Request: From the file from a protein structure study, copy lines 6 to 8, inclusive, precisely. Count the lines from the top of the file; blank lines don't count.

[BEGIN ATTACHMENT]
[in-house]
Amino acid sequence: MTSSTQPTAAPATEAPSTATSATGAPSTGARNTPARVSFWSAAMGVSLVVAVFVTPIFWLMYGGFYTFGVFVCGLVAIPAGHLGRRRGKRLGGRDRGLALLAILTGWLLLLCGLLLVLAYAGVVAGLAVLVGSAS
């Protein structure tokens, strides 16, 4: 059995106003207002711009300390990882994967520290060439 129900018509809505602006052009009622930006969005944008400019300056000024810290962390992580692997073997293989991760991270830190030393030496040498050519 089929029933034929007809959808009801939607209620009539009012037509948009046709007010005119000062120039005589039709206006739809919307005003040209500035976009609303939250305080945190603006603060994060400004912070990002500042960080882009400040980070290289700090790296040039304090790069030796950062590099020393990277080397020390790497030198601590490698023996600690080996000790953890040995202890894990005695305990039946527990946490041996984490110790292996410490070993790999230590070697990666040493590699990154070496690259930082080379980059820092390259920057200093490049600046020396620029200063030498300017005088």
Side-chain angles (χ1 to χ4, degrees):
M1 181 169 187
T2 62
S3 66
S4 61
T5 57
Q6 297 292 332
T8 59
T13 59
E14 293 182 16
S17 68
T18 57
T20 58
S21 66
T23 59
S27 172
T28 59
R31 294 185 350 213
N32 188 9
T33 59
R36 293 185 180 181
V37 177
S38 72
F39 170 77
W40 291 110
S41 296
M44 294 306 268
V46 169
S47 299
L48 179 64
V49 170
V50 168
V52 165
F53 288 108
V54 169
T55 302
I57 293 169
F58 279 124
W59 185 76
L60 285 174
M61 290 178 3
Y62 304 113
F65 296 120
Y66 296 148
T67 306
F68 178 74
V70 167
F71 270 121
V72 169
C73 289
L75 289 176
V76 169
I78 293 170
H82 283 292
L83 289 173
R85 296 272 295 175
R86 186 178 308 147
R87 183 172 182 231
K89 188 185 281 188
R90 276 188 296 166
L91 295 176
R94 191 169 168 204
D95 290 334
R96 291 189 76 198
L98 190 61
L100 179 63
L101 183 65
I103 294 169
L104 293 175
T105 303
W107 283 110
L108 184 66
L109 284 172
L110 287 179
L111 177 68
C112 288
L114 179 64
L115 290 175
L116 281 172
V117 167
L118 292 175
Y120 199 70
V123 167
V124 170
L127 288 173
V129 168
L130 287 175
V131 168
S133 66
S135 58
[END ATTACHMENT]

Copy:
T2 62
S3 66
S4 61